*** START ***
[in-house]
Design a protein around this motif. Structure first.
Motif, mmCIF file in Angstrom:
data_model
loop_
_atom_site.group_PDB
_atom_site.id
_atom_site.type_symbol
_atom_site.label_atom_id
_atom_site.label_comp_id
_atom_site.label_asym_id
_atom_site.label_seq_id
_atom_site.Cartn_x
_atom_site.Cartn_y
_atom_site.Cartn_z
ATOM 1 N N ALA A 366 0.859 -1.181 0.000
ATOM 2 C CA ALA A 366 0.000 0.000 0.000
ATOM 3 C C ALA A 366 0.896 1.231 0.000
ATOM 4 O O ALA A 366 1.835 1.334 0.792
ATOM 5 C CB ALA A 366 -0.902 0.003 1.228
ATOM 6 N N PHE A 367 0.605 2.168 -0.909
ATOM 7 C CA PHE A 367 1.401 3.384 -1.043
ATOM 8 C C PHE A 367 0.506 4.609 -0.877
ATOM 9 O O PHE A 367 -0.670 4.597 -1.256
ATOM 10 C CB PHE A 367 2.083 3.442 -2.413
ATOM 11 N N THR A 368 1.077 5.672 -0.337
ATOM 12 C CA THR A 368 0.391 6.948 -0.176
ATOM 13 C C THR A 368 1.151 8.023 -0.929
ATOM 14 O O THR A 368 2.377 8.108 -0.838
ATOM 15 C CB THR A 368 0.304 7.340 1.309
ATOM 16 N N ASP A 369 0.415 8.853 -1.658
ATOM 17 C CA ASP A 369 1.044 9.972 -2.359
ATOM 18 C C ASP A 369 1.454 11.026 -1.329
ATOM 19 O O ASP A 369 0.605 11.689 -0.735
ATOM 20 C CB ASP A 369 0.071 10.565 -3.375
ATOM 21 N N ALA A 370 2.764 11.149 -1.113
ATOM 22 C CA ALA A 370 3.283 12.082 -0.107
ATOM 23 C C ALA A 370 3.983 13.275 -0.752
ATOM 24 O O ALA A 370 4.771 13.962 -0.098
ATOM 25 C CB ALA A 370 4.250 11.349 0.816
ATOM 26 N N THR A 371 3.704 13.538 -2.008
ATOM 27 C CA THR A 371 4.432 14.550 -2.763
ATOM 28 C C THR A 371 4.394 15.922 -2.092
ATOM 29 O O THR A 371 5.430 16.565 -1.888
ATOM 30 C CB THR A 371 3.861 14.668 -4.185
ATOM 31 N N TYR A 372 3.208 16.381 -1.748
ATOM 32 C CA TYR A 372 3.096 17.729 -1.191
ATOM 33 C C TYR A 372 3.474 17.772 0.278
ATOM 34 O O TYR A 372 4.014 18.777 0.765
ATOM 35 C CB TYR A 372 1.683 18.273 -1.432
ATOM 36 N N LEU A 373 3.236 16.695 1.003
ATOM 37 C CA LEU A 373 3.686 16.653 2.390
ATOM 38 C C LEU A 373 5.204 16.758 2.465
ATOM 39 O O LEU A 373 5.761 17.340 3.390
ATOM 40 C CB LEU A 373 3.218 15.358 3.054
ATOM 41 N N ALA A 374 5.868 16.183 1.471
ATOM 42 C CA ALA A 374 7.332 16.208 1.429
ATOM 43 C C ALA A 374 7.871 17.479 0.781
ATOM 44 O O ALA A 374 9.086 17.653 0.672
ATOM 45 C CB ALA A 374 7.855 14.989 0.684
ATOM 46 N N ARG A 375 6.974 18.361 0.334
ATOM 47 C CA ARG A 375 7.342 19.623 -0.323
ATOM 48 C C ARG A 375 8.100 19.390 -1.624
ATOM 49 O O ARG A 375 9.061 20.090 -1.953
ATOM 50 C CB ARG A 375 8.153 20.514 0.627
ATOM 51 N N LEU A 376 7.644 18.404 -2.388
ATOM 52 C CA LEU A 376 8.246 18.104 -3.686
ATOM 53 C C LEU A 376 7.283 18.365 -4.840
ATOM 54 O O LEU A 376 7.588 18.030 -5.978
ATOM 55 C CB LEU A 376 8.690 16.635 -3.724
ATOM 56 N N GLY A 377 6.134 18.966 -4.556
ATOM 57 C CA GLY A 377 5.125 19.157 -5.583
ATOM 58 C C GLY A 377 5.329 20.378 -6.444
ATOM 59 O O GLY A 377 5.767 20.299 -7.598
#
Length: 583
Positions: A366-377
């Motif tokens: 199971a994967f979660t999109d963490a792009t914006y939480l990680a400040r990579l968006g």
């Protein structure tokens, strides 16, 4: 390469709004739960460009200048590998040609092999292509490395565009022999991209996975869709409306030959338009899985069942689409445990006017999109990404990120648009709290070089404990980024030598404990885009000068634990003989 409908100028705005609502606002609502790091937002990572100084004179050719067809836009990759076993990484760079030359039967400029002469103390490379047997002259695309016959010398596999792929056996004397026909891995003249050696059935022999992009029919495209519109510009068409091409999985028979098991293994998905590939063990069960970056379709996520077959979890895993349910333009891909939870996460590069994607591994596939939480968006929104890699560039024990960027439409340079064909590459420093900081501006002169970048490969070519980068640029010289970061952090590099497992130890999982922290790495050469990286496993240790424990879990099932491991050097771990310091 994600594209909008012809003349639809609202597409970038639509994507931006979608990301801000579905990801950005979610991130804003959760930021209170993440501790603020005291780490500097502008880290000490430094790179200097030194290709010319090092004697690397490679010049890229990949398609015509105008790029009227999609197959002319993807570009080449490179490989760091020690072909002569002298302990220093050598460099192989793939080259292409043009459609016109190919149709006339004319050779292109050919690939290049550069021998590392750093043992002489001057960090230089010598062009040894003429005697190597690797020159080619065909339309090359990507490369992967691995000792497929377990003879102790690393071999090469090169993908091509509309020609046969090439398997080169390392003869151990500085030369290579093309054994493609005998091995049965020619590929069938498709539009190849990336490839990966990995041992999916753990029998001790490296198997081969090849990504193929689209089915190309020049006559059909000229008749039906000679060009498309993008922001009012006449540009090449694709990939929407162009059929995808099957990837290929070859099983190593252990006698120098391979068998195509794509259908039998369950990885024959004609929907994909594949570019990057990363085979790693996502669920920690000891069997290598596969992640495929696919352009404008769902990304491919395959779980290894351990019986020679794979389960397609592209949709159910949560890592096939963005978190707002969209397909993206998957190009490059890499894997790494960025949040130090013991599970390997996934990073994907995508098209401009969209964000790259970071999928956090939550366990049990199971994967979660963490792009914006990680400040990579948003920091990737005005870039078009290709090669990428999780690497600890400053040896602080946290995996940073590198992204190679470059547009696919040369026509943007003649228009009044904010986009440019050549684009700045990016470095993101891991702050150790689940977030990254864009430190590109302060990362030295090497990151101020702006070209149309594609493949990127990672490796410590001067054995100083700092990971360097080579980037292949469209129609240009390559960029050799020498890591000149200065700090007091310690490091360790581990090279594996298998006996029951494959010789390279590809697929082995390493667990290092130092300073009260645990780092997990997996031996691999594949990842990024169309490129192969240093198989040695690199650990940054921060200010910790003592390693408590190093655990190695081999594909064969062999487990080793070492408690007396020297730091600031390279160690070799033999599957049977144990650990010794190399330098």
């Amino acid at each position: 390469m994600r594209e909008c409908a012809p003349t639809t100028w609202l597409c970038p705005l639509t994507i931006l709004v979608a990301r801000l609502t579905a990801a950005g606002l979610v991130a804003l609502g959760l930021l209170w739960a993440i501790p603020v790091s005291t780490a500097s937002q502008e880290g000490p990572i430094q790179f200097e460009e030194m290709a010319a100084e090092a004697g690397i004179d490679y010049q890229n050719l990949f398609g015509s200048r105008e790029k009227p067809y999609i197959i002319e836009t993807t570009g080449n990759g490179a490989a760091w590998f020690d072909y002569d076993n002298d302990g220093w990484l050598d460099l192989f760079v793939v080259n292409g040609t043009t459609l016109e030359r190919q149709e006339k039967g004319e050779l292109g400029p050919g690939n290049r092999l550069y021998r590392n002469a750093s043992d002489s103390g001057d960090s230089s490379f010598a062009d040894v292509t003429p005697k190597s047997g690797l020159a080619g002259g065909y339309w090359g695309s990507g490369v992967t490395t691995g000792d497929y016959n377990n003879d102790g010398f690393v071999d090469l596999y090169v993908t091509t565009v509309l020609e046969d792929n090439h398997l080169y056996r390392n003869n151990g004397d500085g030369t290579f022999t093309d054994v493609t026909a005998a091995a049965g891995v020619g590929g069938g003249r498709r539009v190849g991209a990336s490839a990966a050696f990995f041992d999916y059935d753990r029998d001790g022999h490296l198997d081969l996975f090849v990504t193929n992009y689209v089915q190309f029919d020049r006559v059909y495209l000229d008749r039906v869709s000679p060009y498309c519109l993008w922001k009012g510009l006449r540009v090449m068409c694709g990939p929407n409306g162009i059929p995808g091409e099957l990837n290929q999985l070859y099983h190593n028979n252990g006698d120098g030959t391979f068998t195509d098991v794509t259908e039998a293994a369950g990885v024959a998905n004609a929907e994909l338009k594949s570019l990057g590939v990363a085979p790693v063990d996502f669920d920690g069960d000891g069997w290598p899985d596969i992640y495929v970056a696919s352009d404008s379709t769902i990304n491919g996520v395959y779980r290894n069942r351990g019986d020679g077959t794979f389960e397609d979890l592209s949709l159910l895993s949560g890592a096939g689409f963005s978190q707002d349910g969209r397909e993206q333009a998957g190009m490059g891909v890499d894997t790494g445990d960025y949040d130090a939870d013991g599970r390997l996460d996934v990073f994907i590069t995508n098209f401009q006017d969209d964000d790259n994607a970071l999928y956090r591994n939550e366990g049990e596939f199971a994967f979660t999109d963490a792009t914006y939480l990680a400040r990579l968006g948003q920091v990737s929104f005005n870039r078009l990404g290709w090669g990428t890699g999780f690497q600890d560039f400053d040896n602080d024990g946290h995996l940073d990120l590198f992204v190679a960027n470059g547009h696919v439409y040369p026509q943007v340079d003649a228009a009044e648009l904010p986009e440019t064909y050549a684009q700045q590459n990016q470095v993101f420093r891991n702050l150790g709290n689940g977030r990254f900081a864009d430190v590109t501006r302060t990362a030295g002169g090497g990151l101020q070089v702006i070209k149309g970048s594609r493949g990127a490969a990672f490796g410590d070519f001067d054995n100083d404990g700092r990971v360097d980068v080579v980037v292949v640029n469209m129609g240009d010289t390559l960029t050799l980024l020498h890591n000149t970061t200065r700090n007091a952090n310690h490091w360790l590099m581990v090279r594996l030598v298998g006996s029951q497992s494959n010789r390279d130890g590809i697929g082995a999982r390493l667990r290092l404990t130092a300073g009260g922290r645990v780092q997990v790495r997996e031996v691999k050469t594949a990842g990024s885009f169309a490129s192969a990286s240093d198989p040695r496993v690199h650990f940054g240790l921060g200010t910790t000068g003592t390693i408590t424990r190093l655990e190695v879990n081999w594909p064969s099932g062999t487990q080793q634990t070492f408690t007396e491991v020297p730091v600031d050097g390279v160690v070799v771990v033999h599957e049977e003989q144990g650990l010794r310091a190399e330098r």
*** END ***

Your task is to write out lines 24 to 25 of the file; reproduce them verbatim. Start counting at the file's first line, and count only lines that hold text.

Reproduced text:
ATOM 9 O O PHE A 367 -0.670 4.597 -1.256
ATOM 10 C CB PHE A 367 2.083 3.442 -2.413